Akindi is a web-based platform that automates the creation and grading of multiple choice examinations, using any scanner and regular paper. Once a professor creates an account, Akindi produces a choice of bubble sheet templates that can be customized and printed as many times as needed for a class examination – and one copy to serve as the answer key. If provided with the information, Akindi can provide prefilled answer sheets with student names and numbers. If not, students or faculty can complete this information. Once students complete the test, all the answer sheets, including the answer key, can be used to create a single PDF file and sent to Akindi using any scanner or printer with scanning capacity. Within minutes, the results and analytics are returned.
The results provided by Akindi are designed to help faculty better understand their students’ performance and the strengths and weaknesses of the test questions.
For each test: The analytics for each test include highest, lowest and average mark, a chart comparing student results, specific results for each student and each question, the breakdown of answers for each question, and a chart with each student and each question, highlighting the wrong answers. Akindi also looks at the results of select groups of respondents to present the instructor with a list of best-constructed questions, questions that could be improved, and questions that require intervention. A detailed look at the information provided by an analysis of test results is available at http://suefrantz.com/2015/01/03/scantron-alternative-akindi-2-0/.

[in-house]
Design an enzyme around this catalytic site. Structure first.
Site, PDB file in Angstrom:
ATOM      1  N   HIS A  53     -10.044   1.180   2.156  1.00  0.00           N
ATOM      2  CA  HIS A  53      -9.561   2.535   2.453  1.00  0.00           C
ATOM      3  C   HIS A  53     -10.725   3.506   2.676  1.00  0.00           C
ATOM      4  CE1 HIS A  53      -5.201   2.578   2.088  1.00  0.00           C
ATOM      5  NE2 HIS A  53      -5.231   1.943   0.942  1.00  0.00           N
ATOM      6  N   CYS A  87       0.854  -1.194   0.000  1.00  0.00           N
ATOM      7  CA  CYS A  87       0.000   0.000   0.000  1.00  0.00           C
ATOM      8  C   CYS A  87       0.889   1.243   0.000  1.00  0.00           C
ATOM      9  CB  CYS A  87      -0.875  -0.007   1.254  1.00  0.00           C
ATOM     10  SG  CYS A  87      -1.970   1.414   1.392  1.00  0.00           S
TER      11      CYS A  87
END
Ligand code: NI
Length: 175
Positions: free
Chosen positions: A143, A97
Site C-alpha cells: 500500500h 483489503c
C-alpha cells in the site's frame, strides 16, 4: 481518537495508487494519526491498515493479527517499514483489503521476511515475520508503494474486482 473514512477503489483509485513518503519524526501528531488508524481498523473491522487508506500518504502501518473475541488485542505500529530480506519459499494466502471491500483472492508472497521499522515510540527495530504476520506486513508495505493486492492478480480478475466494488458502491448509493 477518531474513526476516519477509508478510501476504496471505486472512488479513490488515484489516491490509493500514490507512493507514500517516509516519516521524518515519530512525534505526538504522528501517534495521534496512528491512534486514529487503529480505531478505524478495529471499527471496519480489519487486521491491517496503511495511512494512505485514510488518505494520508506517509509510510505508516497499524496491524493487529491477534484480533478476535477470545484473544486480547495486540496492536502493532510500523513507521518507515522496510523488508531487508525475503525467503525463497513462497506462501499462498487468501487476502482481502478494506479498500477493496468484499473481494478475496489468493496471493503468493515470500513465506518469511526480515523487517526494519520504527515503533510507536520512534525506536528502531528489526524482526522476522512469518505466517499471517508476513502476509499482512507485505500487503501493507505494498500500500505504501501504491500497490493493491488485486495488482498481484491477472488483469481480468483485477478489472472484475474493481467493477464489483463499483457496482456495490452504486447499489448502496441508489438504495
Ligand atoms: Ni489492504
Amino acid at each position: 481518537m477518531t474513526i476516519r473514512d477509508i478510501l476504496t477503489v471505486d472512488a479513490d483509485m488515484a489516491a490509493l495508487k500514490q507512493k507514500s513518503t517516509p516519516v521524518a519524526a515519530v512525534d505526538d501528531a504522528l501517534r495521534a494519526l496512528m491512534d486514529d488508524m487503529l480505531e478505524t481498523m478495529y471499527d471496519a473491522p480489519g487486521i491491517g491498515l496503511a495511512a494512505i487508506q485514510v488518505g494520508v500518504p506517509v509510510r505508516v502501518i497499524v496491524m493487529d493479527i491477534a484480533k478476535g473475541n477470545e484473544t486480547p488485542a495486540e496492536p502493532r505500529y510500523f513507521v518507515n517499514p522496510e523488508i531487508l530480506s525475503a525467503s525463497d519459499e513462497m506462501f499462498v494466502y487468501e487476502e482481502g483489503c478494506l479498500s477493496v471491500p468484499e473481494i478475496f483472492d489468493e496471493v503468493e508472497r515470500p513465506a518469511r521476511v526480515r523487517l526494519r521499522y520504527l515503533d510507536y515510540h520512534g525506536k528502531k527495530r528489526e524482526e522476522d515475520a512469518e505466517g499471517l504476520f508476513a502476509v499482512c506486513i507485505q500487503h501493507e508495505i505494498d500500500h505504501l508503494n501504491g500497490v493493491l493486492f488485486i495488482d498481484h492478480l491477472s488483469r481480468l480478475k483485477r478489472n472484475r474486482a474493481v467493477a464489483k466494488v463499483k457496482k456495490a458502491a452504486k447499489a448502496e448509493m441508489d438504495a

For each course: The course profile offers summaries of course averages, highs and lows, and tracks student results across a graph, as well as providing composite results from all tests and exams in a course.
For each student: Analytics for each student presents their performance in one course or in all courses taught by the same faculty member, with details on all test scores.
Bringing Akindi in-house: An instructor can use Akindi free-of-charge for 30 days and then can have a limited number of free assessments running at the same time. As professors prefer unlimited access, and have often shared Akindi with their colleagues, faculties and institutions can subscribe to the platform.
The idea for Akindi, based in Toronto, grew from Mahmoud Hasim’s, the CEO and Founder, experience with a start-up for small and medium business, when he realized that data entry was time-consuming and tedious work. He resolved to build a better Scantron, a scanning system that requires specific equipment and paper. Akindi was founded as part of the Digital Media Zone at Ryerson University in Toronto and the platform was beta-tested with students worldwide from June to December 2012 and was launched in January 2013. The platform has been used by faculty at Ryerson University, Harvard University, Caltech, and others.
Mahmoud Hashim sees Akindi’s improved platform for multiple choice as “the tip of the iceberg”, as it is only one form of assessment. Looking at the three key steps of creating an assessment; distributing it in class, online, or to mobiles; and getting and sharing the results and analytics, the goal is to develop a platform that would do all this for a variety of test formats. The platform would grade everything that can be automatically graded, with faculty and teaching assistants assessing the rest. More data and insights could then be provided to improve teaching, learning, and testing. For example, questions could be tagged to learning outcomes, allowing professors to recognize broad areas of difficulty; at the same time, each student would receive detailed, personalized feedback.